E-navigation needs to be designed to enable seafarers, not hinder them, says Martyn Wingrove
Smart navigation is the combination of multiple technologies that improve safety, reduce voyage costs and integrate with port operations. ECDIS is the beating heart of this technological trend as the central navigation point on a ship’s bridge.
ECDIS and electronic navigational charts (ENCs) can optimise voyage planning and safe route execution, but only if they are designed by navigators. By adding radar overlays and information from the automatic identification system (AIS), watchkeepers can view surrounding vessels and hazards.
Sharing route data improves the situational awareness of bridge teams helping to prevent groundings and collisions.
All this has been tested by the €43M (US$47.5M) Ship Traffic Management validation project that concluded in June this year and demonstrated the benefits of e-navigation, including 20% fuel savings and fewer collision incidents. Other trials are underway in Singapore and South Korea to test more e-navigation technology.
Using smart navigation, bunker costs and emissions can be reduced by optimising routes using software, algorithms, weather routeing and artificial intelligence. Voyages are reviewed on the bridge by captains and senior officers to verify safety and fuel efficiency and analysed by shore managers who advise captains on routeing. However, the responsibility remains with the ship master.
Therefore, ECDIS should be accessible e-navigation technology, but for some seafarers, operating its functions and applications is challenging.
A European ferry captain told me in July about some of the ECDIS issues he has faced during his career. These are common issues that many others have encountered and overcome.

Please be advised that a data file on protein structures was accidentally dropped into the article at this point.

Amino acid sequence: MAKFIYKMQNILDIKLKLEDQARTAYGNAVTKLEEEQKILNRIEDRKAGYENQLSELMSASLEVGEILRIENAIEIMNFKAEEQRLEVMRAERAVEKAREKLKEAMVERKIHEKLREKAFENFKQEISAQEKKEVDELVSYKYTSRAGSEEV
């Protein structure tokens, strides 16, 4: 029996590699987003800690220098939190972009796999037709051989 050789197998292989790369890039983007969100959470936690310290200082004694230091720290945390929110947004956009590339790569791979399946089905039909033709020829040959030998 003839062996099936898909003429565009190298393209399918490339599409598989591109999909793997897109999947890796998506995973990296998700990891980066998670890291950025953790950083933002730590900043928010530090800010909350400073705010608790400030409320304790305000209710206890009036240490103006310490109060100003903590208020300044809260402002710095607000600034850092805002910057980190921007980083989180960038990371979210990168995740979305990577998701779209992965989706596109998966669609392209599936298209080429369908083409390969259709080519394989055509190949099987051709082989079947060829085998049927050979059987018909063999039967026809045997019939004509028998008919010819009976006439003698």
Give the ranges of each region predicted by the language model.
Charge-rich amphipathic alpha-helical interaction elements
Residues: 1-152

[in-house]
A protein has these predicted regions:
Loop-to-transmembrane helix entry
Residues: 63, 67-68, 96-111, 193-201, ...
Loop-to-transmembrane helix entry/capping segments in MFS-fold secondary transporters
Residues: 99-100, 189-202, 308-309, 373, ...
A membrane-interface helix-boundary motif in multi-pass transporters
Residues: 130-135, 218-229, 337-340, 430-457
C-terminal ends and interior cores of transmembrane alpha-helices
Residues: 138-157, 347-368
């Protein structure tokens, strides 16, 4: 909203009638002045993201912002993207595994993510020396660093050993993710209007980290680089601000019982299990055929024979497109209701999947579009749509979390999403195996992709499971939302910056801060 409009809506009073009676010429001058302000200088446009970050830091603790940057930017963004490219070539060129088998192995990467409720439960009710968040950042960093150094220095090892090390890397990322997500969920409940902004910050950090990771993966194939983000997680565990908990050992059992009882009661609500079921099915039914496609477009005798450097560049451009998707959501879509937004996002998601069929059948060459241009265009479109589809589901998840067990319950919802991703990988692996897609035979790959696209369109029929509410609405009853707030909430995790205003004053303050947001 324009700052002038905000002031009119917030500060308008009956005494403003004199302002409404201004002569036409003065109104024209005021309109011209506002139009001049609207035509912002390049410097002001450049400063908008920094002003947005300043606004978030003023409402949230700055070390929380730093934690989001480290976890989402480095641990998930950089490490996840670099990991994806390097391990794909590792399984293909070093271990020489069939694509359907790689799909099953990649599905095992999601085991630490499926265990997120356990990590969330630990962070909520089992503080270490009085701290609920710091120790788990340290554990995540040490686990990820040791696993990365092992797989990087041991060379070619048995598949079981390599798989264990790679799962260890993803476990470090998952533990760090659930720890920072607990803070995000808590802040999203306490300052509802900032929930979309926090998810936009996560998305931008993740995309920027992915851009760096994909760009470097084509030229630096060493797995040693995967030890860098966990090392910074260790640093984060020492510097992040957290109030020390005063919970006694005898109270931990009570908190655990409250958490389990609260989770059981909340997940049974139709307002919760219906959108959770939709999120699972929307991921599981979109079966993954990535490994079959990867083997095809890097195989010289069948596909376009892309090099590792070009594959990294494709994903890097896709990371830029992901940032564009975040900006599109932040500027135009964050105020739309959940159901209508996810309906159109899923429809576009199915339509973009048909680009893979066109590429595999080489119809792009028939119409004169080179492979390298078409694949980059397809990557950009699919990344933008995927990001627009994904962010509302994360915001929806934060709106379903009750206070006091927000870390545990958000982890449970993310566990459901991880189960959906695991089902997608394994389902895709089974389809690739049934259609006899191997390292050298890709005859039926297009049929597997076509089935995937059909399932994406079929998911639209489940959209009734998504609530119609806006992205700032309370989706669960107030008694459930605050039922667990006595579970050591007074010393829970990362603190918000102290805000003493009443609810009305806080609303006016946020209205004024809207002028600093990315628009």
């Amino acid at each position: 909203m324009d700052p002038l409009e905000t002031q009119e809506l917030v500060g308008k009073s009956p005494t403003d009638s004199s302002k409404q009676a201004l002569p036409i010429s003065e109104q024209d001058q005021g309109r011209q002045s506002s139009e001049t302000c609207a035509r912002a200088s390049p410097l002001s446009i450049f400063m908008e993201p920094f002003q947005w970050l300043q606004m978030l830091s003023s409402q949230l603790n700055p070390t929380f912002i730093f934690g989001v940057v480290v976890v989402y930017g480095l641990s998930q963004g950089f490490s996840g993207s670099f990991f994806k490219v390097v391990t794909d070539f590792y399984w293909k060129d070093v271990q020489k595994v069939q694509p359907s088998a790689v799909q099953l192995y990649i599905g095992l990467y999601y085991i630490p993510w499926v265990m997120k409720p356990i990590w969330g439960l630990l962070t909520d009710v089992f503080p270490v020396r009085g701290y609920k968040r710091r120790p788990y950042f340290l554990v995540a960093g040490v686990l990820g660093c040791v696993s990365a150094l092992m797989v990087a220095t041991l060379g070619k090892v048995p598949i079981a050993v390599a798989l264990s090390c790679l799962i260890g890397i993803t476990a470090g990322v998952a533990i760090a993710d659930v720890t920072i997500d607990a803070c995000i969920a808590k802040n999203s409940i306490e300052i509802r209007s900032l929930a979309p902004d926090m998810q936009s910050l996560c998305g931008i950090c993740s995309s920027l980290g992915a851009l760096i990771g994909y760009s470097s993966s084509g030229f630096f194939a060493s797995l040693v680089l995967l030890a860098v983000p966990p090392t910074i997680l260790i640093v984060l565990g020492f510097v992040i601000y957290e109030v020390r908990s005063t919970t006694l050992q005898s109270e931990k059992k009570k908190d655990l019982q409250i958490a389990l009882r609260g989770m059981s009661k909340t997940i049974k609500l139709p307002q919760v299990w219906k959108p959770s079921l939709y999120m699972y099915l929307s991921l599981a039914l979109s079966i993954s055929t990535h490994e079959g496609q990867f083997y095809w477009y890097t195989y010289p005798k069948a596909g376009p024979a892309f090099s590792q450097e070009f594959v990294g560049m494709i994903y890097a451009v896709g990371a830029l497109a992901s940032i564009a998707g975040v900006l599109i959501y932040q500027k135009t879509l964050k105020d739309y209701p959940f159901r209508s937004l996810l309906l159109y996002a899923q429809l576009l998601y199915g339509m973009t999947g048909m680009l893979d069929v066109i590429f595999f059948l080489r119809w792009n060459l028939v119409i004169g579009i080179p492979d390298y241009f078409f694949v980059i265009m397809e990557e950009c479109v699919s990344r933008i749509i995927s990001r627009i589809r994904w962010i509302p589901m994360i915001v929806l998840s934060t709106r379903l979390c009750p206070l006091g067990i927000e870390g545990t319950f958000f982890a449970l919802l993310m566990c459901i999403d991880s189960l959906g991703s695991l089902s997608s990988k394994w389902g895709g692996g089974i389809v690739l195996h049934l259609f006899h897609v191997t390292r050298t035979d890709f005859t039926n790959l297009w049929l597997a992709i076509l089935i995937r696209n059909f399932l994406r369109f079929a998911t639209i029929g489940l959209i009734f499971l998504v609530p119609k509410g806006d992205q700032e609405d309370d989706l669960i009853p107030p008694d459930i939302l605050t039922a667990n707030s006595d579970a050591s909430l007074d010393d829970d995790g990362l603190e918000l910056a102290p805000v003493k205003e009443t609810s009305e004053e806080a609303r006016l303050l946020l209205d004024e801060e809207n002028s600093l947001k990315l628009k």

"ECDIS should be accessible e-navigation technology, but for some seafarers, operating its functions and applications is challenging"
This friendly captain, who wished to remain nameless, told me it is cumbersome to view and create routes on ECDIS, even on a large display. Because, unlike paper charts, the screen can only show a slice of the voyage – like looking at a hallway through a keyhole. However, unlike paper charts, safety navigation notices can be added swiftly and more information can be displayed.
This captain said some ECDIS (not wanting to name any particular manufacturers, except they are from eastern Asia) are not intuitive enough for users. He thinks they are developed by computer experts and not seafarers, citing the forms in the menu system as evidence. In comparison, he found that ECDIS by European manufacturers was better designed for users.
These issues can be overcome through familiarisation training and redesigning ECDIS software, which manufacturers are working on.
ECDIS is reliant on information from outside sources, from ENCs, global positioning satellites (GPS), gyrocompass and other bridge devices, and alarm ranges set by officers. If one of these is incorrect, such as an out-of-date ENC, badly set safety contour alerts, or the GPS is jammed, then navigation risks arise.
Sometimes issues can go unnoticed. The European ferry master told me there was an issue with the gyrocompass on one ship that meant the ferry’s navigation, including docking, was out 1.5˚ for five years before the issue was fixed.
The point is ECDIS can be the centre of e-navigation, but so should seafarers. Without their intuition, experience and knowledge, navigation cannot be smart enough.
Technology should assist navigators, not hinder them. It should enhance their operations as much as saving shipowners’ money, to reduce collision and grounding risk and ensure everyone gets to their port safely and on time. Companies are looking at autonomous shipping, but, the industry should develop human-enabling smart navigation technology.